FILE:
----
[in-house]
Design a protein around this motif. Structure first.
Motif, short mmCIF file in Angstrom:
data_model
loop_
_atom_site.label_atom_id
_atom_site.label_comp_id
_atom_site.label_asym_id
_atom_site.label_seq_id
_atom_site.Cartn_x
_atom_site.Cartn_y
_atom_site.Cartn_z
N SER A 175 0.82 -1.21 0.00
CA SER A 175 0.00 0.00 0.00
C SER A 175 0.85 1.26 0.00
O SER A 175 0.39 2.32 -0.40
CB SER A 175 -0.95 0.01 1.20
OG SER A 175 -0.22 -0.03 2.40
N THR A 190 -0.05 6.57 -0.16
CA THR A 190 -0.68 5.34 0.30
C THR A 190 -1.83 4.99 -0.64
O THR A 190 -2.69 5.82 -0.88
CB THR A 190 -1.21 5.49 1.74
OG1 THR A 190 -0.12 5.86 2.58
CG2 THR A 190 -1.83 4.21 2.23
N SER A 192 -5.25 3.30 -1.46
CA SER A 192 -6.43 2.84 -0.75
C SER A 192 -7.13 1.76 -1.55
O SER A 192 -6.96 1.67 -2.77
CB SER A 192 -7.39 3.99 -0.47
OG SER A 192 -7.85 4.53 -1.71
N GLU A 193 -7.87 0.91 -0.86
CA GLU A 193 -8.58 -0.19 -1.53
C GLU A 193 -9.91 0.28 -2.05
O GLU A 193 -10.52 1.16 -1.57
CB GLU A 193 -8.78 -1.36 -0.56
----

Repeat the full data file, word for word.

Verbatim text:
[in-house]
Design a protein around this motif. Structure first.
Motif, short mmCIF file in Angstrom:
data_model
loop_
_atom_site.label_atom_id
_atom_site.label_comp_id
_atom_site.label_asym_id
_atom_site.label_seq_id
_atom_site.Cartn_x
_atom_site.Cartn_y
_atom_site.Cartn_z
N SER A 175 0.82 -1.21 0.00
CA SER A 175 0.00 0.00 0.00
C SER A 175 0.85 1.26 0.00
O SER A 175 0.39 2.32 -0.40
CB SER A 175 -0.95 0.01 1.20
OG SER A 175 -0.22 -0.03 2.40
N THR A 190 -0.05 6.57 -0.16
CA THR A 190 -0.68 5.34 0.30
C THR A 190 -1.83 4.99 -0.64
O THR A 190 -2.69 5.82 -0.88
CB THR A 190 -1.21 5.49 1.74
OG1 THR A 190 -0.12 5.86 2.58
CG2 THR A 190 -1.83 4.21 2.23
N SER A 192 -5.25 3.30 -1.46
CA SER A 192 -6.43 2.84 -0.75
C SER A 192 -7.13 1.76 -1.55
O SER A 192 -6.96 1.67 -2.77
CB SER A 192 -7.39 3.99 -0.47
OG SER A 192 -7.85 4.53 -1.71
N GLU A 193 -7.87 0.91 -0.86
CA GLU A 193 -8.58 -0.19 -1.53
C GLU A 193 -9.91 0.28 -2.05
O GLU A 193 -10.52 1.16 -1.57
CB GLU A 193 -8.78 -1.36 -0.56